A Republican attack ad invites viewers to "meet the real Ashwin Madia," but the still photos featured in the spot present a noticeably darker version of the 3rd District DFL congressional candidate.
"At least three of the photos of Madia were obviously darkened, using one method or another," public affairs and media consultant Dean Alger told KARE 11.
He said the viewing public has grown accustomed to hearing distorted claims, or statements and votes used out of context. However, Alger asserts the altered images of Madia, the son of Indian immigrants, crosses a line.
"There is an attack ad tactic that goes beyond distortion, and frankly, is a betrayal of what Minnesota politics is all about."
The commercial, produced by the National Republican Congressional Committee, borrows footage from Madia's own ad which features him running in his Marines sweat shirt.
In the NRCC ad, entitled "Running to Raise Taxes," the word on his shirt is obscured in darkness in some angles and cut off by graphics in others. Three still pictures of Madia, borrowed from his campaign website's photo gallery, are added to a visual montage supporting the ad's claims that he'll bring higher taxes.
Clay Steinman of Macalester College, who writes and teaches about advertising and consumer response to mass media messaging, told KARE it appeared at least two of the images were darkened for the ad.
"There's a lot of scientific data that shows that even if we think that we're not racist," Steinman said, "People of all races, when confronted with images that are darker and different, have a kind of visceral, negative response."
As he put it, "It can contribute to people's fears; it can make people feel like this person is not like me."
Alger, who systematically analyzed hundreds of campaign ads for a major election study he co-directed at Harvard, said, "Put starkly, it's essentially an appeal to racism."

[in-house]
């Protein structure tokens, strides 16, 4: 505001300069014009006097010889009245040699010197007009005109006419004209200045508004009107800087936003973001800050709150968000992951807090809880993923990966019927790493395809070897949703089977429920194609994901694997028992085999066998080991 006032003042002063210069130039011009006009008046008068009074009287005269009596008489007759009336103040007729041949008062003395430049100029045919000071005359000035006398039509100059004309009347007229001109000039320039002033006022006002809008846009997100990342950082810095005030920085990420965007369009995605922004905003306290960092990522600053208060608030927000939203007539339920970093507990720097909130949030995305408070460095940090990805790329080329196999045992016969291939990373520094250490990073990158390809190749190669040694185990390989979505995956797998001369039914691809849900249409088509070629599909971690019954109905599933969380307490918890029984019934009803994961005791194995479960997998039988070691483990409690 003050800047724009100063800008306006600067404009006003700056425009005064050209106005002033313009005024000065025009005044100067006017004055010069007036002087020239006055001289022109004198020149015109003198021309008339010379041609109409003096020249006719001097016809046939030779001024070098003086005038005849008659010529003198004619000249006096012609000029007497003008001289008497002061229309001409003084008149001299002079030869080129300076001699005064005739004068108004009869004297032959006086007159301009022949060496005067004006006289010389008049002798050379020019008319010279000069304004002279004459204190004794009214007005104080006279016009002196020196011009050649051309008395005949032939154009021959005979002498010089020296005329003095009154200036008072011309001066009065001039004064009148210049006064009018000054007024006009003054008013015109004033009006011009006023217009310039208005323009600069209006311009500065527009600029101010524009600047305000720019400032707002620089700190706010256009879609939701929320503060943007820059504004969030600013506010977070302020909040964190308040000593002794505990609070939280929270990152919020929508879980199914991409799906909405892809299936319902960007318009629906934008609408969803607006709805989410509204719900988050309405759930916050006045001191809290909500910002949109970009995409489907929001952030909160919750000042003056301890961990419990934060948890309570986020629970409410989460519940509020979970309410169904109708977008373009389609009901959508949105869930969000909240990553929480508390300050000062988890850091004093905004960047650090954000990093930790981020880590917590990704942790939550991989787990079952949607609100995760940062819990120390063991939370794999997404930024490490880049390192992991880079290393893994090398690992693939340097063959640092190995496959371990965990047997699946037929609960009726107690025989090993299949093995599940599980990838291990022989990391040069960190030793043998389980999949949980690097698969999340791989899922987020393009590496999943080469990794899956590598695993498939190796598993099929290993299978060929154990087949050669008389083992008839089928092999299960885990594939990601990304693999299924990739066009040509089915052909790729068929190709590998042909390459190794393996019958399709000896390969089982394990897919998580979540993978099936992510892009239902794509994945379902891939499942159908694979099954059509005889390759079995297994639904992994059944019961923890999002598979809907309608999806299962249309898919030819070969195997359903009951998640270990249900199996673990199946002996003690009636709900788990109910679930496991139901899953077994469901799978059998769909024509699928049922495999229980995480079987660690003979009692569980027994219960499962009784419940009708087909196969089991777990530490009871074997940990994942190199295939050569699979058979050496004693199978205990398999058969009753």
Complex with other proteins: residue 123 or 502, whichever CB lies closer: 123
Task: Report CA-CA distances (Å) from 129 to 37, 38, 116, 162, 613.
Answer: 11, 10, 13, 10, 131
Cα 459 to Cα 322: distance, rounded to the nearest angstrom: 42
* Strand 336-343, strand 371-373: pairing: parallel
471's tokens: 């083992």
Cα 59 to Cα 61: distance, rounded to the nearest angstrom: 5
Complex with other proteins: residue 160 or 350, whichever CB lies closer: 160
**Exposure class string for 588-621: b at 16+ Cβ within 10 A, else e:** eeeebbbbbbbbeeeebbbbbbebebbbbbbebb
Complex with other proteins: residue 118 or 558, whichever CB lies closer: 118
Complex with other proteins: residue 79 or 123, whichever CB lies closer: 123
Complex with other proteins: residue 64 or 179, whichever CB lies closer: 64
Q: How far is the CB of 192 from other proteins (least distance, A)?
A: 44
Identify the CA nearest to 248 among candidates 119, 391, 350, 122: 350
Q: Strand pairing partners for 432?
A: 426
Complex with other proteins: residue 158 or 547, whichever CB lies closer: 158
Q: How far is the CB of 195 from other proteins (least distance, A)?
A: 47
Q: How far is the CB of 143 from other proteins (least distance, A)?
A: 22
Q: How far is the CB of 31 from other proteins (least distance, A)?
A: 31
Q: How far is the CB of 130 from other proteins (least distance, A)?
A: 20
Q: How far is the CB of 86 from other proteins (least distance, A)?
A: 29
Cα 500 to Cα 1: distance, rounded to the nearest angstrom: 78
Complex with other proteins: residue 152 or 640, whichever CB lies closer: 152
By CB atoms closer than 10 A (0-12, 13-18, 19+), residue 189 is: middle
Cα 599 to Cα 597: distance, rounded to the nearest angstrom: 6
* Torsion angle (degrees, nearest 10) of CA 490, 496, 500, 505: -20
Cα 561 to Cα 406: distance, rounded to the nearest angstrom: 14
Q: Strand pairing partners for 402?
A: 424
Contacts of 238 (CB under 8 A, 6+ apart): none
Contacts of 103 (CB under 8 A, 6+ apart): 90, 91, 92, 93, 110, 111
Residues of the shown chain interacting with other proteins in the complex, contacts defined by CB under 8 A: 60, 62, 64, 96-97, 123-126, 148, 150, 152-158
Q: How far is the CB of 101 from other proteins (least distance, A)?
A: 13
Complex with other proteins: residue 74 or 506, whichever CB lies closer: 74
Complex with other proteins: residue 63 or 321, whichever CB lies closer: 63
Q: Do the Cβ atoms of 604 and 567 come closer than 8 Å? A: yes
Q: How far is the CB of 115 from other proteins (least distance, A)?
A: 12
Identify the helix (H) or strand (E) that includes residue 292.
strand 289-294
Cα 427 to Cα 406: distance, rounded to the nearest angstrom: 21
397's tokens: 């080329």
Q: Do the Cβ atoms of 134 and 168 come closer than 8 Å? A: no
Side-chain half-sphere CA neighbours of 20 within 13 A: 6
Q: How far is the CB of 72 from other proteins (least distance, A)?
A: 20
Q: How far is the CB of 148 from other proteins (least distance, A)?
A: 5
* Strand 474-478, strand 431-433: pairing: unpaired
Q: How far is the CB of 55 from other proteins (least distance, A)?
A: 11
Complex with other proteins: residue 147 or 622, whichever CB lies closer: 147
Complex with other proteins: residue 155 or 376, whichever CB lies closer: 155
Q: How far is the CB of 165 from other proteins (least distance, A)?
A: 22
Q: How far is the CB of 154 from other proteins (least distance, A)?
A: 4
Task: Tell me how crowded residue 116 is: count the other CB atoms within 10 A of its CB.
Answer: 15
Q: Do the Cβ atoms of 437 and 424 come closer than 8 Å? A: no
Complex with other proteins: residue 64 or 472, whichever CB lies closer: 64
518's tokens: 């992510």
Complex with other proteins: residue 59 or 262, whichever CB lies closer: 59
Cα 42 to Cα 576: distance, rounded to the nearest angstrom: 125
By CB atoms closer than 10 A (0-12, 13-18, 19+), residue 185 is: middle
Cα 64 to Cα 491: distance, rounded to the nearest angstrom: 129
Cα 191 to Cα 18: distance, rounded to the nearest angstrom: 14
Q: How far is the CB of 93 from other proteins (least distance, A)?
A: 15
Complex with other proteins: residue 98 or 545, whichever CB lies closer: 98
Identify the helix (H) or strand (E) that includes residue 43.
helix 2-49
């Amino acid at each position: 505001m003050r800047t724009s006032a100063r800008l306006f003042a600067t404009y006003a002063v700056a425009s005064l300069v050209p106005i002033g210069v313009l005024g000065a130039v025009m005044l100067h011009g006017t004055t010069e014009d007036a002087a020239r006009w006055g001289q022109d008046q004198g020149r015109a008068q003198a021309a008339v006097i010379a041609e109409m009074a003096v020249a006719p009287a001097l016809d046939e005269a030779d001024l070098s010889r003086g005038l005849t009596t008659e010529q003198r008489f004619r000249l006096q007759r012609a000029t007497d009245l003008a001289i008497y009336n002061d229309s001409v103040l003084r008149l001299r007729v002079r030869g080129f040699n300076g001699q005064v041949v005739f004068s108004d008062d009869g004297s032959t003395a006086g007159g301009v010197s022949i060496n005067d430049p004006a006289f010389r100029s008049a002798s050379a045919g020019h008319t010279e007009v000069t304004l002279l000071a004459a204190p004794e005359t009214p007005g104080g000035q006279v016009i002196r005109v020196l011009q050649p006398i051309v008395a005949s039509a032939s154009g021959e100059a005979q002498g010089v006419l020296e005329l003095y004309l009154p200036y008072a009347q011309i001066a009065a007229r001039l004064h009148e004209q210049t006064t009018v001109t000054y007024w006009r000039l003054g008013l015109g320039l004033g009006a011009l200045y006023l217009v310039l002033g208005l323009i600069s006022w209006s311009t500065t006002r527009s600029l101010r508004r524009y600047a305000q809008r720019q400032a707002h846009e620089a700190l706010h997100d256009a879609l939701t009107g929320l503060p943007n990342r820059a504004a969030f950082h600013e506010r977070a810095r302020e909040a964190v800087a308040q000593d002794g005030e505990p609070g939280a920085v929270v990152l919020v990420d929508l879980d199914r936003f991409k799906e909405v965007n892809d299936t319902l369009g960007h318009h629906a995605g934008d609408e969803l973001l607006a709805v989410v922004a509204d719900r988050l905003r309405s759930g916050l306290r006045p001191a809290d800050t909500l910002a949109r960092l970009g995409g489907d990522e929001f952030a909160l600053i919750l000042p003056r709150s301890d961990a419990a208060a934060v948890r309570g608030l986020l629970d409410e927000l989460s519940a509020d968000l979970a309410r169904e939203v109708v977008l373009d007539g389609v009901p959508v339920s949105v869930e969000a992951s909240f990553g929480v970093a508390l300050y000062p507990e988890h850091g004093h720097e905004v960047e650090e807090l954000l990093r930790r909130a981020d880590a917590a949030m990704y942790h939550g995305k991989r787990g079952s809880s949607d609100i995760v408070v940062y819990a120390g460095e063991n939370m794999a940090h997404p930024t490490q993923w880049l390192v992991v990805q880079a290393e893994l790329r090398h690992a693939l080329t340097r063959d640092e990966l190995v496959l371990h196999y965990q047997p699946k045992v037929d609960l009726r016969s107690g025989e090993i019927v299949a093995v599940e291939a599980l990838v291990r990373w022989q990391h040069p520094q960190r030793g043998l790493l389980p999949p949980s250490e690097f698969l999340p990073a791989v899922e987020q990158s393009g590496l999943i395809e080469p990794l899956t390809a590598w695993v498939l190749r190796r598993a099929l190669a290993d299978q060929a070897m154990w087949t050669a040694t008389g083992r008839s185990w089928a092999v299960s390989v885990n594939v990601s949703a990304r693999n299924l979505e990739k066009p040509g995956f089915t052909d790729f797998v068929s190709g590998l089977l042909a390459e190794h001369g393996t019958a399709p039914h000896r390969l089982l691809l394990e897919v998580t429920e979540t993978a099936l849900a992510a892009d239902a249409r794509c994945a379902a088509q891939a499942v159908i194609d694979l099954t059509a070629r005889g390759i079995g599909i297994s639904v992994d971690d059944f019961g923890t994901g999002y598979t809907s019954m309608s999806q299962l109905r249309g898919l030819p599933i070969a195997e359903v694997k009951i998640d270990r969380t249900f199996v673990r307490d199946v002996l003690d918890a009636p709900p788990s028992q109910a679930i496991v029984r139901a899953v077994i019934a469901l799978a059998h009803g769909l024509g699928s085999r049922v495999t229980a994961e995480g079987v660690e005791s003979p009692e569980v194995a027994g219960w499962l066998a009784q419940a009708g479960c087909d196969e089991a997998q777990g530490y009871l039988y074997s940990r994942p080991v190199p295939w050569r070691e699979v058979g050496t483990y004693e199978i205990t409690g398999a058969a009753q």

Steinman said all three still images in the ad appeared to be de-saturated, a digital photo editing tool that drains color from an image and has the affect of a "colder" image.
It's a visual trick used often in negative advertising, designed to influence voters on a subconscious level. But Steinman argues that altering an image takes on new meaning in the context of this candidate's ethnicity.
"I'm not saying that I know the people who made the ads knew this would happen," he said, "But I think they knew that darkening him and de-saturating the color, making him look a lot less lively, would have negative connotations."
And, while most pundits concern themselves with the claims in attack ads, Steinman argues that the visual imagery of all advertising goes to a deeper level of the human psyche.
"Images reach that visceral level," he remarked, "So even if the sound is off, even if you're fast-forwarding through an ad, the image gets through, and that's especially the case when you have still pictures."
Response and Reaction
Reached by phone in Washington Wednesday, NRCC spokesman Ken Spain replayed the ad on YouTube and told KARE, "We stand by the ad."
Spain said he's with the messaging side of the NRCC, as opposed to the Independent Expenditures side NRCC which produces the ads placed in local races such as Minnesota's 3rd District.
Because of that separation, Spain noted, he wouldn't be in a position to know what editing techniques were used in the production of any of those television spots.
Ashwin Madia's campaign manager, Stu Rosenberg, was already unhappy with the ad's claims, which he considers distortions of the candidate's stand on taxes.
But when asked about the darkened image, Rosenberg expressed outrage.
"It's just deplorable that the national Republicans have chosen to sink to this level," Rosenberg said, "I've seen negative campaigns but nothing as deplorable as, or disgusting as this advertisement."
The NRCC by law must operate independently of the candidate's campaigns, so Madia's Republican rival, State Representative Eric Paulsen had nothing to do with the creation of the ad in question.
All the same, Madia's campaign is calling on Paulsen to publicly denounce the ad and formally request that the NRCC take it off the air.
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